Moses Idris was asked what his life might look like once he’s finished high school.
Idris is a 6-feet-3, 190-pound Austin High School senior and starter on one of the top basketball programs in the state. Like the majority of the players on this team — three of them starters — Idris is of South Sudanese descent.
President Trump’s recent decision to add Nigeria to the restricted travel list not only surprised the Nigerian government, but also many Houston businesses that provide services for the Nigerian oil and gas industry.
The Trump administration has expanded its travel ban to six more countries, including Nigeria — the largest economy in Africa. While Nigerian students and travelers are still welcome to visit — it’s family members immigrating to the U.S. who are blocked from coming here.
The exodus of Nigerian immigrants to Canada is showing no signs of slowing down.
For the fifth year in a row, more Nigerians emigrated to Canada than the year before as data published by the Canadian government shows the number of Nigerians issued permanent resident permits has tripled since 2015.
To apply for permanent lawful U.S. residence, non-citizens must qualify under one of eight categories. Each category has different eligibility requirements that applicants must meet when they submit their petitions.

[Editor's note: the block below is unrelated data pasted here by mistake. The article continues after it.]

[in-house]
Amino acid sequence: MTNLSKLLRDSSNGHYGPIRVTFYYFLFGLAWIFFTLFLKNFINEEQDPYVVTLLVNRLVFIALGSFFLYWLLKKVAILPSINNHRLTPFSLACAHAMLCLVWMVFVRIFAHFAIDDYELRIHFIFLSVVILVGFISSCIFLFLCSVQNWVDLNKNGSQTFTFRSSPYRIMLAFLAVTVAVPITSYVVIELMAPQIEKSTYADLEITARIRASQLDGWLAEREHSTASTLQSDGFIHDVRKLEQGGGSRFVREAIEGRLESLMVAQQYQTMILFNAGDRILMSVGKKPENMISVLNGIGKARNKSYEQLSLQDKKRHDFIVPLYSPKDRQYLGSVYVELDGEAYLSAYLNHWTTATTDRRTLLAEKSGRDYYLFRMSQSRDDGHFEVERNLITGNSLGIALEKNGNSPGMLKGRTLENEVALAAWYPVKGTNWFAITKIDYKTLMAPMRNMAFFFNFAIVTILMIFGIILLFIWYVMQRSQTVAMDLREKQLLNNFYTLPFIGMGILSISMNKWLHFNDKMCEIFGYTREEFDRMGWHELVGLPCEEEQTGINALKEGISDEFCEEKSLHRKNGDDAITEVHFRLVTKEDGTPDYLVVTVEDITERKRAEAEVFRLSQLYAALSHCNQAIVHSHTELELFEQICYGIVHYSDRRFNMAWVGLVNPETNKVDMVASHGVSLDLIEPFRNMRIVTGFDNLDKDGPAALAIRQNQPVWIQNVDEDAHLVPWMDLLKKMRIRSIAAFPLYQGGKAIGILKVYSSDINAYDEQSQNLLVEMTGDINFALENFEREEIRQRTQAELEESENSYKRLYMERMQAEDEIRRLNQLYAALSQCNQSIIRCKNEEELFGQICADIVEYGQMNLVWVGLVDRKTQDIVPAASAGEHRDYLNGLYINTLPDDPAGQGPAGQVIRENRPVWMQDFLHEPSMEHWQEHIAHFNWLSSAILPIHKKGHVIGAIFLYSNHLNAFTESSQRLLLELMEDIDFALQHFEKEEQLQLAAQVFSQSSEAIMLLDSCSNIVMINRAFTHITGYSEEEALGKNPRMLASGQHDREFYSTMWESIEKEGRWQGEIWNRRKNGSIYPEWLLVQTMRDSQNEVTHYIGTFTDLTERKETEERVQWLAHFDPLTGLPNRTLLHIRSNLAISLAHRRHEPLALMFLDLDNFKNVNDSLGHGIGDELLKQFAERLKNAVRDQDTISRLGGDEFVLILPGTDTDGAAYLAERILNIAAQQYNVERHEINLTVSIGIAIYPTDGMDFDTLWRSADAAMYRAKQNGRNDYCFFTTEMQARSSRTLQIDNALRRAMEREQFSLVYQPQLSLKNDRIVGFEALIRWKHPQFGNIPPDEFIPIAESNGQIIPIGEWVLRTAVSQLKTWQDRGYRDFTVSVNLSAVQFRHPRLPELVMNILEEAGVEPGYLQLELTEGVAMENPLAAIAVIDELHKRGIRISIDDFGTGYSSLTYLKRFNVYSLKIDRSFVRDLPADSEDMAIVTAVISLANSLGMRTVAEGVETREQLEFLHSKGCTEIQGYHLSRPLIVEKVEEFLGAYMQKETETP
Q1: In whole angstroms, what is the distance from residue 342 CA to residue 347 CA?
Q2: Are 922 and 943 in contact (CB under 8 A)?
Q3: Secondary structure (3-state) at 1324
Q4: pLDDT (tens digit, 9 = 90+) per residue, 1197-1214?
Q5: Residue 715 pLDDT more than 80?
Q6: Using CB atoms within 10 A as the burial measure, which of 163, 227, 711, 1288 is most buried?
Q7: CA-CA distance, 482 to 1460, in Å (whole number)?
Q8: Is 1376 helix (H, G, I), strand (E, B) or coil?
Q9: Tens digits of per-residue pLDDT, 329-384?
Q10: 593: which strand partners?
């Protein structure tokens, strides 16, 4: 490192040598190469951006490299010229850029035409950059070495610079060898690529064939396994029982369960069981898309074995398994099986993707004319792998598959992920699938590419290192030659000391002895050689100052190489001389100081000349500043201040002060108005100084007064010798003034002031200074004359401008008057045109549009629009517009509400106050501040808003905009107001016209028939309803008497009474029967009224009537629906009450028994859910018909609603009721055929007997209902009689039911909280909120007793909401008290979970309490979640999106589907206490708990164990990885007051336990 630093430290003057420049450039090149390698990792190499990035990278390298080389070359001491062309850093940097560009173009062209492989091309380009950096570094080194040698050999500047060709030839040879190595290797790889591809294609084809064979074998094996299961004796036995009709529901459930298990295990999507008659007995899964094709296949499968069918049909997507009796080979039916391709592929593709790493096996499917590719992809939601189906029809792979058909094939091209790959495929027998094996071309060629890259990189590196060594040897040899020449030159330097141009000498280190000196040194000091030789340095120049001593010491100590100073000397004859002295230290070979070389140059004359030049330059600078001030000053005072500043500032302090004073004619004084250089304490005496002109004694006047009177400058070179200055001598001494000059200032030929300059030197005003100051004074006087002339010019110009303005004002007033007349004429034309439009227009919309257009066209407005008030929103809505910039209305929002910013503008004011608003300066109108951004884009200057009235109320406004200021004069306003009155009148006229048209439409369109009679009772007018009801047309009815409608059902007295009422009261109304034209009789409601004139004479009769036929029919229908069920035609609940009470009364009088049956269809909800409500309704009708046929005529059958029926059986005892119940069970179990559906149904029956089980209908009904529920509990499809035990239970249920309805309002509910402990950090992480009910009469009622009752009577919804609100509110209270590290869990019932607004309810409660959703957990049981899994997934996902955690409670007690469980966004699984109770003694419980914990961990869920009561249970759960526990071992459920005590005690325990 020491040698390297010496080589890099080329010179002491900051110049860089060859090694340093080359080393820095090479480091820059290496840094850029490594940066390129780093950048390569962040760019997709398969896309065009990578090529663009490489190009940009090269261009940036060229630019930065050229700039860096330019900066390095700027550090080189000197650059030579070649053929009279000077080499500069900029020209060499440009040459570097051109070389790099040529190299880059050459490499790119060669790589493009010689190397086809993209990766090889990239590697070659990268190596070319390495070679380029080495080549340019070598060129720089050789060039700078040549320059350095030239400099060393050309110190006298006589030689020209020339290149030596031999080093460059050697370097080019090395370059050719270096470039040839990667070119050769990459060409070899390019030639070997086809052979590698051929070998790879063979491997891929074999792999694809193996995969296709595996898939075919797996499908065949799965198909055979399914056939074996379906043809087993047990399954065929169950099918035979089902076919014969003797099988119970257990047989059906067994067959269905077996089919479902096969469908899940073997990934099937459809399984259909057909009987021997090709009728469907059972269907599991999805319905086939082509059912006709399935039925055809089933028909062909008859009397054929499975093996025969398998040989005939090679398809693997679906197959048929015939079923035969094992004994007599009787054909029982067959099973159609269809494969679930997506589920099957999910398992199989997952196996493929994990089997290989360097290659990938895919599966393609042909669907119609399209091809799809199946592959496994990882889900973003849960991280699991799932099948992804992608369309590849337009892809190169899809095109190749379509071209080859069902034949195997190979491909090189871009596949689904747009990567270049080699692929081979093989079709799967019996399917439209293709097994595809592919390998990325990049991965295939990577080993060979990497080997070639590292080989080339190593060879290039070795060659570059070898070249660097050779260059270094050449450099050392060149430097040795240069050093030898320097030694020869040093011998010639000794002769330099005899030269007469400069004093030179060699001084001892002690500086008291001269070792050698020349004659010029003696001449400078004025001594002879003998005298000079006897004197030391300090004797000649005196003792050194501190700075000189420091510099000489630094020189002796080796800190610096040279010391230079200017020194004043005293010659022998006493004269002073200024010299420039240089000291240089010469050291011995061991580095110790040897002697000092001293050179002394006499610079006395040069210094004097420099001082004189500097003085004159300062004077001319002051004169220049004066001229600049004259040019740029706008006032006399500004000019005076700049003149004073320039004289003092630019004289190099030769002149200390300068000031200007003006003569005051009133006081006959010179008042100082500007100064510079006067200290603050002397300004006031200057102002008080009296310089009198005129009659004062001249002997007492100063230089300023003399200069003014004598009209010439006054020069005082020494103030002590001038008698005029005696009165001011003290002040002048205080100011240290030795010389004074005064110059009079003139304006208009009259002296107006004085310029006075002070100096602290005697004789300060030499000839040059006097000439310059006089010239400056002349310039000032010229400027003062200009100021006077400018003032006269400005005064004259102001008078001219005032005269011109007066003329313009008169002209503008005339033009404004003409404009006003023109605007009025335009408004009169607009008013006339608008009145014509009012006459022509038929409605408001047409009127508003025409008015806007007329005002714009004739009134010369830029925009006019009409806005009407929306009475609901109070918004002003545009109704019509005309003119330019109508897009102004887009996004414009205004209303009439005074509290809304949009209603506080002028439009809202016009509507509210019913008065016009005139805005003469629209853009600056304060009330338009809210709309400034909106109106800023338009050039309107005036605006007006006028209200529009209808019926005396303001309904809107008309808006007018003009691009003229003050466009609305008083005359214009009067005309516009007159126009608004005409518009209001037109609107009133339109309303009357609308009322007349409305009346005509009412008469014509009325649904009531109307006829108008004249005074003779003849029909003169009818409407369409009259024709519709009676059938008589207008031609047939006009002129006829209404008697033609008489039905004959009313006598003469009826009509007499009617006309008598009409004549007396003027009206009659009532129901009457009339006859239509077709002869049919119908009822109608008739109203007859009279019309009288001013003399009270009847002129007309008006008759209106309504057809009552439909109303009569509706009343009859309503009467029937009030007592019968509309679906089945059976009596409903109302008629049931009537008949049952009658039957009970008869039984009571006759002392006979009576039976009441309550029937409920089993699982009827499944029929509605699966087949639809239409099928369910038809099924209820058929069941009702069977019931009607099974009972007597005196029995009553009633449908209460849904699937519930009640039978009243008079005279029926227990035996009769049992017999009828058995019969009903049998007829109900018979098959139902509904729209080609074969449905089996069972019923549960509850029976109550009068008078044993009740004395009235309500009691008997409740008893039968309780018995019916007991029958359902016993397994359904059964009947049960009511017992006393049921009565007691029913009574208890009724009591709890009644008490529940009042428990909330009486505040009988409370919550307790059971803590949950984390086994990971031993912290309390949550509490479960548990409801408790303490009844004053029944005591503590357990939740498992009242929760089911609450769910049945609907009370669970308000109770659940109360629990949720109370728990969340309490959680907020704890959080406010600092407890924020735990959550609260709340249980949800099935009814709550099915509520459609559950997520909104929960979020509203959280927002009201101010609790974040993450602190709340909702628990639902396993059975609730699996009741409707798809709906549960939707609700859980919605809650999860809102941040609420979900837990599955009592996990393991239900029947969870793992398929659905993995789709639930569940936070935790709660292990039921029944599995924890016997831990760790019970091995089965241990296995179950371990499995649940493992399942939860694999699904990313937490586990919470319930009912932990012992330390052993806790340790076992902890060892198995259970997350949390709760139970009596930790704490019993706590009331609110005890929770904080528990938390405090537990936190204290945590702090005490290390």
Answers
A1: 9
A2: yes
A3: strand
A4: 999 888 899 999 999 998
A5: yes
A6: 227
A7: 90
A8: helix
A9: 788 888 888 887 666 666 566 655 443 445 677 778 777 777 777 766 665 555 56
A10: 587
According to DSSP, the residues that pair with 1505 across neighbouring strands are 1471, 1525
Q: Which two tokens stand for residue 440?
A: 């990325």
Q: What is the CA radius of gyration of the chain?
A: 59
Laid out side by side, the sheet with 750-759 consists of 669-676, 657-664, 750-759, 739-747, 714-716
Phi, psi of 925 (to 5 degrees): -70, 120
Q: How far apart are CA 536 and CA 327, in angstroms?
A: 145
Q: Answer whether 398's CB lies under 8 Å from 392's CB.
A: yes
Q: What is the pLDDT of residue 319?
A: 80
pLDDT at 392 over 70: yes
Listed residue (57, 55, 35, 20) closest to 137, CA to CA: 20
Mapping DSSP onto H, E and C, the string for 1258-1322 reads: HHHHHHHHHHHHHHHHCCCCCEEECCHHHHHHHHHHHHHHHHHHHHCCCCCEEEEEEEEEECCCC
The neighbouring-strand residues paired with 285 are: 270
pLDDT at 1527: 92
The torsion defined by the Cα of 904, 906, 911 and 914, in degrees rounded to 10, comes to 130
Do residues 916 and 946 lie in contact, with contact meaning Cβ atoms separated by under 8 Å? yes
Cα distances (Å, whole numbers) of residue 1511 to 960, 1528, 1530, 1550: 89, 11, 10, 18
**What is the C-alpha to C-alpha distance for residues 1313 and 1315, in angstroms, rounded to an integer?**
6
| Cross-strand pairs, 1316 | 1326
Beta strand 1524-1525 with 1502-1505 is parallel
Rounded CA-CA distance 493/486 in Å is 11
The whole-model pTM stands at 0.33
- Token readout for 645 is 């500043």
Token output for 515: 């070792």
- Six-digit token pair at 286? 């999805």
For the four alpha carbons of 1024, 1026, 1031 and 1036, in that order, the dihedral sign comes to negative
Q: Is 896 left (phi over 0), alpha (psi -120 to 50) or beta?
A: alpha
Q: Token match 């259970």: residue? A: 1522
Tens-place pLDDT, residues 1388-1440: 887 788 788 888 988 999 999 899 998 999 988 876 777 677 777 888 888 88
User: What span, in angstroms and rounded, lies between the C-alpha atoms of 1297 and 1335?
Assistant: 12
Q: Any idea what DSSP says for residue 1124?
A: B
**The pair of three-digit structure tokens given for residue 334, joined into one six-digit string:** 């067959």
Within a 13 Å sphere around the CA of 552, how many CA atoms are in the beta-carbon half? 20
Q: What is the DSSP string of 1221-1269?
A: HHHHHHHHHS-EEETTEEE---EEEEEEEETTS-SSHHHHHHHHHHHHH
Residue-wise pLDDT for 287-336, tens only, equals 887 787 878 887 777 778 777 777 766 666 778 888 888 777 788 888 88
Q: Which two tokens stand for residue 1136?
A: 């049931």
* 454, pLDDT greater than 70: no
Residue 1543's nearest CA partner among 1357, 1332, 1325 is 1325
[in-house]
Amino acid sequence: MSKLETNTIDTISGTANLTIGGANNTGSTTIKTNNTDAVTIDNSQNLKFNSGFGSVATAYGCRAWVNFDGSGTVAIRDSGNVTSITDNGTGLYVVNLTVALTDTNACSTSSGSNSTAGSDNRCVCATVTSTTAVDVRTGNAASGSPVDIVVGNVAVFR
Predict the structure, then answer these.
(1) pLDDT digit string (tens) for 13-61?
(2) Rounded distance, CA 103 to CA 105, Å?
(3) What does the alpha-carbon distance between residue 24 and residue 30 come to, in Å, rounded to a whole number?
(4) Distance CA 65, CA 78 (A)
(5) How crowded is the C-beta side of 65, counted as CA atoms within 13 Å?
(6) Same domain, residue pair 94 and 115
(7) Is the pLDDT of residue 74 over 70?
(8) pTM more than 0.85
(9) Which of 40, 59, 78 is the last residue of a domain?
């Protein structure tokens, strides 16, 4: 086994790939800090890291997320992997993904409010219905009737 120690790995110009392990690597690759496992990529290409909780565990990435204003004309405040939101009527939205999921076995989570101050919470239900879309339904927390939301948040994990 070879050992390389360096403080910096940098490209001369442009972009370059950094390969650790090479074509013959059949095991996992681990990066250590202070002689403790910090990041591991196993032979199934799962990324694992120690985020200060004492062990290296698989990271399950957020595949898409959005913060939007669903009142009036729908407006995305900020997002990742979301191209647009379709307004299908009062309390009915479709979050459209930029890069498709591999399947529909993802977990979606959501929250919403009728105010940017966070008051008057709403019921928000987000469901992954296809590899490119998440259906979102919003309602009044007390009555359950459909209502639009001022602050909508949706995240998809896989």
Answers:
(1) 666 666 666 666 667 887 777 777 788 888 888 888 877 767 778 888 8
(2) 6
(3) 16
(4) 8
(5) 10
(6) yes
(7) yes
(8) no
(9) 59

Until January, Merci Madilu and his older brother, Espoir, had spent most of their existence in a refugee camp in the landlocked Central African nation of Burundi, where they shared a one-room, mud-walled shelter with their mother and eight younger siblings.
Nigerians have become central figures in the most heavily reported Canadian migration story in recent years, as the largest cohort streaming through Canada’s most controversial entry-point: the ditch at Roxham Road, in small-town Quebec, that became a magnet for asylum seekers.
More quietly, though, Nigerians are playing a significant role in this country’s overall immigration story: the numbers of people arriving through conventional channels—mainly as skilled workers—have spiked, nearly tripling since 2016.
President Donald Trump has added Nigeria, Africa’s most populous nation, to a list of countries whose residents face restrictions on travel into the United States. With the new policy set to take effect on Feb. 22, here are some fast facts about Nigeria and its immigrants in the U.S., based on previously published Pew Research Center studies.
Esther Agbaje had been hearing for months that the Trump administration might target Nigeria, Africa’s most populous country, for new restrictions on legal immigration. But it was still a shock when official word came down on Friday.
Agbaje’s parents moved from Nigeria three decades ago. Some family members there still hope to move to Minnesota, Agbaje said, but if the new policy takes effect, it will likely complicate that.